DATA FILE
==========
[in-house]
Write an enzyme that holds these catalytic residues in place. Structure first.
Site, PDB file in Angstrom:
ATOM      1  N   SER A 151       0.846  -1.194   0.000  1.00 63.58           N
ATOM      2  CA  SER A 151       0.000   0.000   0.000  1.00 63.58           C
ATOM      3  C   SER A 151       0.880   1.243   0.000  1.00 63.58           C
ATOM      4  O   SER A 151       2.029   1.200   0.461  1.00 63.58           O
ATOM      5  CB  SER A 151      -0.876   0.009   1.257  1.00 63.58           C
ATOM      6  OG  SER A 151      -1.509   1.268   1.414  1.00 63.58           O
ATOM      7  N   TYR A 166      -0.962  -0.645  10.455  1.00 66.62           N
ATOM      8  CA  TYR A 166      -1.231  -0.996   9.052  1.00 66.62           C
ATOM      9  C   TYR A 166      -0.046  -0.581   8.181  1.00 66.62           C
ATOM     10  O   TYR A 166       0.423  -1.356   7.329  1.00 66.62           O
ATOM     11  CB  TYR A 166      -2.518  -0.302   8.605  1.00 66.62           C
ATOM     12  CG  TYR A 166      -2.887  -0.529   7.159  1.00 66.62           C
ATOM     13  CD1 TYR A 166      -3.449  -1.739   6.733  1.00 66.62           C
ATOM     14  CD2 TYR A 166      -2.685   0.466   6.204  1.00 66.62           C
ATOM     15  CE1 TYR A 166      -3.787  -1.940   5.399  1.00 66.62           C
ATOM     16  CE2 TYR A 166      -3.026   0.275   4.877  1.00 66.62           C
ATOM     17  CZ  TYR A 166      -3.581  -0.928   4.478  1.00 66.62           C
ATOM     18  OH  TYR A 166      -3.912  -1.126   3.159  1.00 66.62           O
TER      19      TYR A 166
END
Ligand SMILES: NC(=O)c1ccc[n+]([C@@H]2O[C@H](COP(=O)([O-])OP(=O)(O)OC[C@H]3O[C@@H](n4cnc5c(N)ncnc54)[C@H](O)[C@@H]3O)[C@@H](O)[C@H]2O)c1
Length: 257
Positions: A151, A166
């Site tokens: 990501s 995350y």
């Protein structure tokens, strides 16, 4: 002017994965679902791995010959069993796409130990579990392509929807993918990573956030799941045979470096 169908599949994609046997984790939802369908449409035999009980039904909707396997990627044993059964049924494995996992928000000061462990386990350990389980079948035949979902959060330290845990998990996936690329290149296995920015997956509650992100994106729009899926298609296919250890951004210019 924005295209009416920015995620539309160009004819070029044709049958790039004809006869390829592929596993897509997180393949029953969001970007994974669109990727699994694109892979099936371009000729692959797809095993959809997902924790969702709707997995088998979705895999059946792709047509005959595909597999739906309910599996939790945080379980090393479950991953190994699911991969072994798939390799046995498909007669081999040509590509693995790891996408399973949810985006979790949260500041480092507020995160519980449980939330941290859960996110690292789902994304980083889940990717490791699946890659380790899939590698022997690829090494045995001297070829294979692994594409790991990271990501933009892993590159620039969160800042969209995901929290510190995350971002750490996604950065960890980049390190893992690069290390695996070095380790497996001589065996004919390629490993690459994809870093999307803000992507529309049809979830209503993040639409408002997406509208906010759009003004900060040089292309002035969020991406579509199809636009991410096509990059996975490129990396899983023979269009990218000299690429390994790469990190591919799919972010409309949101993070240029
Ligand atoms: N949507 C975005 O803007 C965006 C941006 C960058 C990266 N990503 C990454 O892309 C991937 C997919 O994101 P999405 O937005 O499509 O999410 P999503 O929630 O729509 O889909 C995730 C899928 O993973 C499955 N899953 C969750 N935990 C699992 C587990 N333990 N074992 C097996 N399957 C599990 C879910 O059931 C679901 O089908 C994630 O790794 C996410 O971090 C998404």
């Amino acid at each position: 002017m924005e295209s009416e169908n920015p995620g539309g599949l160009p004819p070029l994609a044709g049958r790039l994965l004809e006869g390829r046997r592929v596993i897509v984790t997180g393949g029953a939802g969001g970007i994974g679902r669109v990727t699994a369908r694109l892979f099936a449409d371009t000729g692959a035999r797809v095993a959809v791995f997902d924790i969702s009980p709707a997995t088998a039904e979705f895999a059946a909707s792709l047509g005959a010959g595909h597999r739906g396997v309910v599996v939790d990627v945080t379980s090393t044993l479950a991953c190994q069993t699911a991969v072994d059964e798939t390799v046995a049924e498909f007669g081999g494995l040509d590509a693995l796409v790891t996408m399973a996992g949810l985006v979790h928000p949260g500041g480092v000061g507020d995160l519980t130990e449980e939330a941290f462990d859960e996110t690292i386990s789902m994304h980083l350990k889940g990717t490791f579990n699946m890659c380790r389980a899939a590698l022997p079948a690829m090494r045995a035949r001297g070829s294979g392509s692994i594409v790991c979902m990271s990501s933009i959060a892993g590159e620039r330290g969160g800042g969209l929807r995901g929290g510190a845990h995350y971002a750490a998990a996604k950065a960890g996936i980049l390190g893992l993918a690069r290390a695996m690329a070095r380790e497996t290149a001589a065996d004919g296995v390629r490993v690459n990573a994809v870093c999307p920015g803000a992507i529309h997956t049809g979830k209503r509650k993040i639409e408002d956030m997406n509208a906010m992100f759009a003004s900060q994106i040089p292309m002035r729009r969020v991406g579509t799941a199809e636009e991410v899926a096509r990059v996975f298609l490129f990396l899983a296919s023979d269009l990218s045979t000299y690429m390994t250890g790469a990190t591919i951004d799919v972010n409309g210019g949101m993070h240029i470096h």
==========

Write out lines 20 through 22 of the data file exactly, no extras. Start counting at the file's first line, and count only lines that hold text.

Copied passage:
ATOM     17  CZ  TYR A 166      -3.581  -0.928   4.478  1.00 66.62           C
ATOM     18  OH  TYR A 166      -3.912  -1.126   3.159  1.00 66.62           O
TER      19      TYR A 166